Christopher Hitchens, described in the London Observer as “one of the most prolific, as well as brilliant, journalists of our time” takes on his biggest subject yet–the increasingly dangerous role of religion in the world. In the tradition of Bertrand Russell’s Why I Am Not a Christian and Sam Harris’s recent bestseller, The End Of Faith, Christopher Hitchens makes the ultimate case against religion. With a close and erudite reading of the major religious texts, he documents the ways in which religion is a man-made wish, a cause of dangerous sexual repression, and a distortion of our origins in the cosmos. With eloquent clarity, Hitchens frames the argument for a more secular life based on science and reason, in which hell is replaced by the Hubble Telescope’s awesome view of the universe, and Moses and the burning bush give way to the beauty and symmetry of the double helix. From the Hardcover edition.
Author: Arthur Rimbaud
This uncompleted suite of poems by French poet Arthur Rimbaud was first published serially in the Paris literary review magazine "La Vogue." The magazine published part of "Illuminations" from May to June 1886. Paul Verlaine, Rimbaud's lover, suggested the publication of these poems, written between 1873 and 1875, in book form. All forty-two of the poems generally considered as part of "Illuminations" are collected together here in this edition. Of these forty-two poems almost all are in a prose poem format, the two exceptions are "Seapiece" and "Motion," which are vers libre. There is no universally defined order to the poems in "Illuminations," while many scholars believe the order of the poems to be irrelevant, this edition begins traditionally with "Apres Le Deluge" or "After the Flood." Albert Camus hailed Rimbaud as "the poet of revolt, and the greatest." The worth of this praise for Rimbaud can be seen in "Illuminations," one of the most exemplary works of his poetic talent.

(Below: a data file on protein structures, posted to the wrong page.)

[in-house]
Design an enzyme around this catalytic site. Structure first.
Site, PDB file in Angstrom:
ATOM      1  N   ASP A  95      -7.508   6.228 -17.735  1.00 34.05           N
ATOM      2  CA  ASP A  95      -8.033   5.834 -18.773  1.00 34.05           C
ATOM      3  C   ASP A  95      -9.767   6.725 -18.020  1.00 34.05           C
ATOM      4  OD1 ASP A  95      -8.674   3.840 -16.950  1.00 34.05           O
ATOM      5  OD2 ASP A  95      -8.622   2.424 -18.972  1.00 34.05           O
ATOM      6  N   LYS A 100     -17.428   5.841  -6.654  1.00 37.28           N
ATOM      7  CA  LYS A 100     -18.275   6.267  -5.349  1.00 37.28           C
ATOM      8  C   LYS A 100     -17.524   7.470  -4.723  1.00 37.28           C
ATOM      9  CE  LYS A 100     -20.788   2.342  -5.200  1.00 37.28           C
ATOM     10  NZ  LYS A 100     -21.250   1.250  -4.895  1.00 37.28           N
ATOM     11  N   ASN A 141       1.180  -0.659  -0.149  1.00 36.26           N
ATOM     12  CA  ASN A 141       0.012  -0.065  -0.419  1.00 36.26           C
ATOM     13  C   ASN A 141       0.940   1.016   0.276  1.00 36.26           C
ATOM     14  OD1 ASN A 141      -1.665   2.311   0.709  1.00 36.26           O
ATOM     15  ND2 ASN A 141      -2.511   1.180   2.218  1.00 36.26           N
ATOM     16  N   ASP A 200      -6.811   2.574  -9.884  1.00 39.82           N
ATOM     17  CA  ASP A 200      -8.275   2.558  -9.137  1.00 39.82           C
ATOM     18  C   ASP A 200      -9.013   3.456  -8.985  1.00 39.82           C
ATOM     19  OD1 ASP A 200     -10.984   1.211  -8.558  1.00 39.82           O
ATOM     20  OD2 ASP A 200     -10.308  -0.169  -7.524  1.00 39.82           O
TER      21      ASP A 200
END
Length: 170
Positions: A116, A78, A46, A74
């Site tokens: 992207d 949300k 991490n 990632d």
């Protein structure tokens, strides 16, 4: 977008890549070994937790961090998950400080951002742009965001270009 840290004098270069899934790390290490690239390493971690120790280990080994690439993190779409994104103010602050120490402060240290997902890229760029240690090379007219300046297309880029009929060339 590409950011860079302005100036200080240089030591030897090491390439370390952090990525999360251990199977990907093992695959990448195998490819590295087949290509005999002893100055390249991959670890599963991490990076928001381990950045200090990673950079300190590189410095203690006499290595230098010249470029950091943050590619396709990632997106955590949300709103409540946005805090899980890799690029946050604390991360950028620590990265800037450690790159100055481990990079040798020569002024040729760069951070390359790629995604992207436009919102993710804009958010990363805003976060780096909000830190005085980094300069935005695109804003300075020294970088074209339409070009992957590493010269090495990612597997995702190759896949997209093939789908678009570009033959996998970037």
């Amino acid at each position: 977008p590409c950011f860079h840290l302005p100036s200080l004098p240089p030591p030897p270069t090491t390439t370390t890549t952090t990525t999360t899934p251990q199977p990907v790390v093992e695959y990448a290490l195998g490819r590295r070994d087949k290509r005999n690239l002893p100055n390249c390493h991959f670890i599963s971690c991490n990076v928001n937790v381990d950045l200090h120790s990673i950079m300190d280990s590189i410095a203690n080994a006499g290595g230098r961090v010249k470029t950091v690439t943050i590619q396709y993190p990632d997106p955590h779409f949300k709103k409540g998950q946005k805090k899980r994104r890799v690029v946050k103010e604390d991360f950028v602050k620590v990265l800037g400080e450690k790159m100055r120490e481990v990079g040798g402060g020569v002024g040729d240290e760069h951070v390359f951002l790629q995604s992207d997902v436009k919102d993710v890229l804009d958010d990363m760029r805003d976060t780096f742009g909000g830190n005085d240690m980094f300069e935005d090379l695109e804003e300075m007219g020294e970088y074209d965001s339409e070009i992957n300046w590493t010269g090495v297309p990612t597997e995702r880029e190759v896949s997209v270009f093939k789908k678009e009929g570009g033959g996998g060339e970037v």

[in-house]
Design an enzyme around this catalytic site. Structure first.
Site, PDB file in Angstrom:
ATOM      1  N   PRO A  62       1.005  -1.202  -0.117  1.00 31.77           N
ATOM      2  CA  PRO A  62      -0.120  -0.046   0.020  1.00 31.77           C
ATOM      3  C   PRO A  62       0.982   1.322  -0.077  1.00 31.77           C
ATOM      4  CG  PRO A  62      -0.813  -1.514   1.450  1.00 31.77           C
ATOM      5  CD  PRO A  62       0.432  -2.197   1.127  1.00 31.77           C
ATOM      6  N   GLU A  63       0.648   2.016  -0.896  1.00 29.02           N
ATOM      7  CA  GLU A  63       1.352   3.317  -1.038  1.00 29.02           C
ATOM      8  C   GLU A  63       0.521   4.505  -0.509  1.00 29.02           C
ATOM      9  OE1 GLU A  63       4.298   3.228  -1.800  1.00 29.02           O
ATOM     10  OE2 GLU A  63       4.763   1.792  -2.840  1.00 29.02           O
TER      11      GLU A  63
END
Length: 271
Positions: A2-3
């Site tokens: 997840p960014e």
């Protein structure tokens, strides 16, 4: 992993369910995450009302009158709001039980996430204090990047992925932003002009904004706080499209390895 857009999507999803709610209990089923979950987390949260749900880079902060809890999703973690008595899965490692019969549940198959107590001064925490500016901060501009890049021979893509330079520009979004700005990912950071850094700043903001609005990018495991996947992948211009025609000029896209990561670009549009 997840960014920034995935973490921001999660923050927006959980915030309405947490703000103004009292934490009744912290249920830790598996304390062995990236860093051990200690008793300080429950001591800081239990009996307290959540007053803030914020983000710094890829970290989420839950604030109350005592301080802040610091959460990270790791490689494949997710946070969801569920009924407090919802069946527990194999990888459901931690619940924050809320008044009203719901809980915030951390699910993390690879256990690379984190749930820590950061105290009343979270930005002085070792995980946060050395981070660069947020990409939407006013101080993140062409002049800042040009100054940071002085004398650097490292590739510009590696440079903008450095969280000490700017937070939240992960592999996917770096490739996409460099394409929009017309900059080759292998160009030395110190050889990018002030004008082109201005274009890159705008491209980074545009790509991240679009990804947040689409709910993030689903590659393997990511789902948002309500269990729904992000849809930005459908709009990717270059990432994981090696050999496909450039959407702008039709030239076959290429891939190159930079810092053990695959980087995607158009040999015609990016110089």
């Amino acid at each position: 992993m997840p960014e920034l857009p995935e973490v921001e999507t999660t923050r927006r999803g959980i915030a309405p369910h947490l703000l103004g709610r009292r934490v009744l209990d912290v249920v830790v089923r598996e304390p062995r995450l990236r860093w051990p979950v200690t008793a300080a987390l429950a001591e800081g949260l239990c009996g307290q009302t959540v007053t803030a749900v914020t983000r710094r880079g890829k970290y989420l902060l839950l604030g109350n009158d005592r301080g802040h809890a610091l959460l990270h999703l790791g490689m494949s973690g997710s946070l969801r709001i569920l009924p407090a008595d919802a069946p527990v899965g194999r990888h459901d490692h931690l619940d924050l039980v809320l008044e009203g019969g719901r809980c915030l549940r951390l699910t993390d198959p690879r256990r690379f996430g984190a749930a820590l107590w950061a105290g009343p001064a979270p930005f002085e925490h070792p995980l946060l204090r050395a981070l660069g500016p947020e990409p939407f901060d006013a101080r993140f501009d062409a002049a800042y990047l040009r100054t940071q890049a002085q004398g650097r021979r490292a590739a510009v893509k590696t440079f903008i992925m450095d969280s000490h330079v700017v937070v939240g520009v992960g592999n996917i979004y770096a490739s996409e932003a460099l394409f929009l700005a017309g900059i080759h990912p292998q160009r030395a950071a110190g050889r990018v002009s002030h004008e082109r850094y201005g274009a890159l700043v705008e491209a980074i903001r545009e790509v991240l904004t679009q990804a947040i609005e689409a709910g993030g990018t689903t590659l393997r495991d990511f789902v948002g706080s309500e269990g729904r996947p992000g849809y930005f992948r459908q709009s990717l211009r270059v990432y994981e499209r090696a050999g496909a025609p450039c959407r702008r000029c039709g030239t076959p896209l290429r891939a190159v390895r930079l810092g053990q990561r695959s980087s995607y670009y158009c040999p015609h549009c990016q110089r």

Author: Atiq Rahimi
Publisher: Other Press, LLC
“For far too long, Afghan women have been faceless and voiceless. Until now. With The Patience Stone, Atiq Rahimi gives face and voice to one unforgettable woman–and, one could argue, offers her as a proxy for the grievances of millions…it is a rich read, part allegory, part a tale of retribution, part an exploration of honor, love, sex, marriage, war. It is without doubt an important and courageous book.” from the introduction by Khaled Hosseini, author of The Kite Runner and A Thousand Splendid Suns In Persian folklore, Syngue Sabour is the name of a magical black stone, a patience stone, which absorbs the plight of those who confide in it. It is believed that the day it explodes, after having received too much hardship and pain, will be the day of the Apocalypse. But here, the Syngue Sabour is not a stone but rather a man lying brain-dead with a bullet lodged in his neck. His wife is with him, sitting by his side. But she resents him for having sacrificed her to the war, for never being able to resist the call to arms, for wanting to be a hero, and in the end, after all was said and done, for being incapacitated in a small skirmish. Yet she cares, and she speaks to him. She even talks to him more and more, opening up her deepest desires, pains, and secrets. While in the streets rival factions clash and soldiers are looting and killing around her, she speaks of her life, never knowing if her husband really hears. And it is an extraordinary confession, without restraint, about sex and love and her anger against a man who never understood her, who mistreated her, who never showed her any respect or kindness. Her admission releases the weight of oppression of marital, social, and religious norms, and she leads her story up to the great secret that is unthinkable in a country such as Afghanistan. Winner of the Prix Goncourt, The Patience Stone captures with great courage and spare, poetic, prose the reality of everyday life for an intelligent woman under the oppressive weight of the Taliban regime in Afghanistan. From the Hardcover edition.